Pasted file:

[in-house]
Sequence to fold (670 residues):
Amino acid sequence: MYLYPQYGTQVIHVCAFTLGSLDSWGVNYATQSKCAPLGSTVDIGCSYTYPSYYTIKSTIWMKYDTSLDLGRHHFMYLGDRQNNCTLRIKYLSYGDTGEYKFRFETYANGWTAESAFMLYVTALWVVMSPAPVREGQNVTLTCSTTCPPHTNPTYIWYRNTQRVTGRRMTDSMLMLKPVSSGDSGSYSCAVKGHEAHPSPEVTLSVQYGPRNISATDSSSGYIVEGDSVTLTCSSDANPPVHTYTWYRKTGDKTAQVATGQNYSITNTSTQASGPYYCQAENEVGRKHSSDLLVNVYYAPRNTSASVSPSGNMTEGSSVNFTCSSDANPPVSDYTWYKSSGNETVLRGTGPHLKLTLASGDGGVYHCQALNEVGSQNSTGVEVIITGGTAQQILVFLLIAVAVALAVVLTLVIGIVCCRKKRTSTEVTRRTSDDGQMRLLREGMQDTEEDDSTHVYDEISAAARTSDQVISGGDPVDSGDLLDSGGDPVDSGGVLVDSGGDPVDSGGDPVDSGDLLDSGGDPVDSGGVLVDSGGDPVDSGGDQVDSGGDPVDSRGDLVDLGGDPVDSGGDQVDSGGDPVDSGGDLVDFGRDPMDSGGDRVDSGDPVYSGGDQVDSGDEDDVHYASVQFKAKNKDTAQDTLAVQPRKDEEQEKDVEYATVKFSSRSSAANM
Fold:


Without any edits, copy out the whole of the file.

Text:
[in-house]
Sequence to fold (670 residues):
Amino acid sequence: MYLYPQYGTQVIHVCAFTLGSLDSWGVNYATQSKCAPLGSTVDIGCSYTYPSYYTIKSTIWMKYDTSLDLGRHHFMYLGDRQNNCTLRIKYLSYGDTGEYKFRFETYANGWTAESAFMLYVTALWVVMSPAPVREGQNVTLTCSTTCPPHTNPTYIWYRNTQRVTGRRMTDSMLMLKPVSSGDSGSYSCAVKGHEAHPSPEVTLSVQYGPRNISATDSSSGYIVEGDSVTLTCSSDANPPVHTYTWYRKTGDKTAQVATGQNYSITNTSTQASGPYYCQAENEVGRKHSSDLLVNVYYAPRNTSASVSPSGNMTEGSSVNFTCSSDANPPVSDYTWYKSSGNETVLRGTGPHLKLTLASGDGGVYHCQALNEVGSQNSTGVEVIITGGTAQQILVFLLIAVAVALAVVLTLVIGIVCCRKKRTSTEVTRRTSDDGQMRLLREGMQDTEEDDSTHVYDEISAAARTSDQVISGGDPVDSGDLLDSGGDPVDSGGVLVDSGGDPVDSGGDPVDSGDLLDSGGDPVDSGGVLVDSGGDPVDSGGDQVDSGGDPVDSRGDLVDLGGDPVDSGGDQVDSGGDPVDSGGDLVDFGRDPMDSGGDRVDSGDPVYSGGDQVDSGDEDDVHYASVQFKAKNKDTAQDTLAVQPRKDEEQEKDVEYATVKFSSRSSAANM
Fold: